Two weeks from now, the Music Department and Theater, Film, and Media Studies Department will be premiering their new spring production, the famous musical Cabaret by John Kander and Fred Ebb, in the newly renovated Bruce Davis Theater of Montgomery Hall.
The production is being led by the Theater, Film, and Media Studies Chair Professor Merideth Taylor as the choreographer, Professor Jeffrey Silberschlag of the Music Department as the musical director, and visiting guest artist Bill Gillett as the director.
Gillett, a St. Mary’s College of Maryland alum from 1995, is teaming up again with the two professors, who all helped produce the school’s production of Hair four years ago.
“It’s a joy to return to St. Mary’s to direct another musical,” said Gillett. “Coming to St. Mary’s always feels like coming home.”
The musical, based on the stage play I am a Camera by John Van Druten, takes place in 1931 Berlin, Germany during the rise of Nazi power before World War II.
“With each rehearsal, we are progressing toward what we want audiences to witness and be a part of: a representation of a historical time, that of Nazi Germany,” said senior Julia Shatto, who plays the part of the spunky club dancer Sally Bowles.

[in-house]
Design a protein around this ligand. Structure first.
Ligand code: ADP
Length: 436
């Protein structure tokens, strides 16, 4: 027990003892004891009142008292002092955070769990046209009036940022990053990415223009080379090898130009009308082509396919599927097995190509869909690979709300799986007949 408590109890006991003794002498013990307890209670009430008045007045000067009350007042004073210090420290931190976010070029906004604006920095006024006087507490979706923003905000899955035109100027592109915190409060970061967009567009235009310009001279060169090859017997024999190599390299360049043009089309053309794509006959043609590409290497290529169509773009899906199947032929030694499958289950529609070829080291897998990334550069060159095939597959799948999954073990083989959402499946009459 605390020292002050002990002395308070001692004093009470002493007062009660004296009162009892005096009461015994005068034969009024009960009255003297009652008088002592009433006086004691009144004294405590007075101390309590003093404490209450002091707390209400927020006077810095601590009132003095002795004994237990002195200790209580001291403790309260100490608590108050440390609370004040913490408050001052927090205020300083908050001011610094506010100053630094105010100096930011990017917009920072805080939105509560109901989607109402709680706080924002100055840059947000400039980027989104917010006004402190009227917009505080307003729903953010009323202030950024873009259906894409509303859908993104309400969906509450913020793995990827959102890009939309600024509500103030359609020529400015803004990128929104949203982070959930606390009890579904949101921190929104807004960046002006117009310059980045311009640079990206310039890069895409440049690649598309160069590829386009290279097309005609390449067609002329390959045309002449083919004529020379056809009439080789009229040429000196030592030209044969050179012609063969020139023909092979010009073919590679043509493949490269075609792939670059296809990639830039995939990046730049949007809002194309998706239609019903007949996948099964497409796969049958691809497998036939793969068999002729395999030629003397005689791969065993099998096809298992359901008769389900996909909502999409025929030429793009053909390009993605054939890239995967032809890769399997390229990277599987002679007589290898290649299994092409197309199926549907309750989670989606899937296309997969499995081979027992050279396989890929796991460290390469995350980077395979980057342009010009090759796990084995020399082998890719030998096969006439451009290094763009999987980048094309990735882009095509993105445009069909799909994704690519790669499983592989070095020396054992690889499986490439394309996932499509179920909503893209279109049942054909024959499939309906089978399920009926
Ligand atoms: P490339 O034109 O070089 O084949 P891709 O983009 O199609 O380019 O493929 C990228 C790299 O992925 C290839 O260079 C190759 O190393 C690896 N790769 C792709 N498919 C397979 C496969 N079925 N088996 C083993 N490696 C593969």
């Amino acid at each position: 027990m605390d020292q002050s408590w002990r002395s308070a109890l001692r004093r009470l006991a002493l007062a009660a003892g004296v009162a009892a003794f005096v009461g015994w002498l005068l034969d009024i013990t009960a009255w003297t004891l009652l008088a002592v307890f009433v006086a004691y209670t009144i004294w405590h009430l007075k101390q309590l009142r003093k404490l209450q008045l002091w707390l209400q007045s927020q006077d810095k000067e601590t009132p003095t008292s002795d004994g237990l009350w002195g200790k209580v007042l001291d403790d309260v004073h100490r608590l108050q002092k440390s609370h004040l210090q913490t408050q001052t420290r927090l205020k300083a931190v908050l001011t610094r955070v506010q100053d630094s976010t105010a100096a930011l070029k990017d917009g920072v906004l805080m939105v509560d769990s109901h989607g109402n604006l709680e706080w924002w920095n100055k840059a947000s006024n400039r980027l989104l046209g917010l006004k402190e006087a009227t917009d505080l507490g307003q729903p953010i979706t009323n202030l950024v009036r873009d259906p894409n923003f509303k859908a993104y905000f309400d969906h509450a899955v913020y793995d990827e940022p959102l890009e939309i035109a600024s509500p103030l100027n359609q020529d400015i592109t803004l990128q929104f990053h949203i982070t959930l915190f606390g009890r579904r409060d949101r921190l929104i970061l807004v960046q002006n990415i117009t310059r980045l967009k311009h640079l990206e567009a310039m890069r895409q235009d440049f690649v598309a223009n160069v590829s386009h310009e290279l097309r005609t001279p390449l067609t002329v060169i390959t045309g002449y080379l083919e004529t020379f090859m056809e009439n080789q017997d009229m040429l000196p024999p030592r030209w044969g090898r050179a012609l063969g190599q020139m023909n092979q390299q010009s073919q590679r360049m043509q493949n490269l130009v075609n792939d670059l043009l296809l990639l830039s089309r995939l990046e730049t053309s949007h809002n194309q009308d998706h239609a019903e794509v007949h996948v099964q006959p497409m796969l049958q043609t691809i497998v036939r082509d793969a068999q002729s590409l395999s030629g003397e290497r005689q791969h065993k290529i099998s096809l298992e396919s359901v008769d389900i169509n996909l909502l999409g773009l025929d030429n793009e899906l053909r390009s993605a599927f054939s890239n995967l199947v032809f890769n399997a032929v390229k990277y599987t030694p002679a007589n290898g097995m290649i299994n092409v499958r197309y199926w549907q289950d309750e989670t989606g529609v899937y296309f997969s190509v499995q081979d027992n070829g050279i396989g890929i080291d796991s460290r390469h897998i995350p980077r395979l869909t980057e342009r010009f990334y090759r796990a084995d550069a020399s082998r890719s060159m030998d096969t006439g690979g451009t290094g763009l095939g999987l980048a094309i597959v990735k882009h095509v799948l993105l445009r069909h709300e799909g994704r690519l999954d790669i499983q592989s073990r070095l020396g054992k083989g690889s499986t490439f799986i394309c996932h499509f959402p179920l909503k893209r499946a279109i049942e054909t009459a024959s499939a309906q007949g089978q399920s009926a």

Cabaret not only deals with the looming rise of Hitler’s Third Reich, but it also tackles various topics such as love, lust, poverty, drugs and alcohol, and prostitution of both sexes, as well as the presence of the nightclub in which Shatto’s character performs, named the Kit Kat Klub.
“I could go on and on about this show and how great the premise of Cabaret is,” said sophomore Jonathan Wagner, who appears as the master of ceremonies in the production. “But more importantly I just want to stress how I really feel people in the campus community should get excited for this.”
The show has been described as everything from political and emotional to mysterious and raunchy. It is also full with all of popular Cabaret songs such as “Money,” the ever-famous “Wilkommen Song,” and the show’s trademark song “Cabaret.”
“The cast, designers, and crews are working hard to create a world for audiences to actually enter into,” said Shatto, “a constant hedonistic party halted by the ominous beginnings of the hateful destruction of Berlin.”
Tickets for the production will be selling at $5 and $7 and the showings will be at 8 p.m. on Thursday-Saturday, March 4-6 and 9-11 and at 2 p.m. on Sunday, March 7.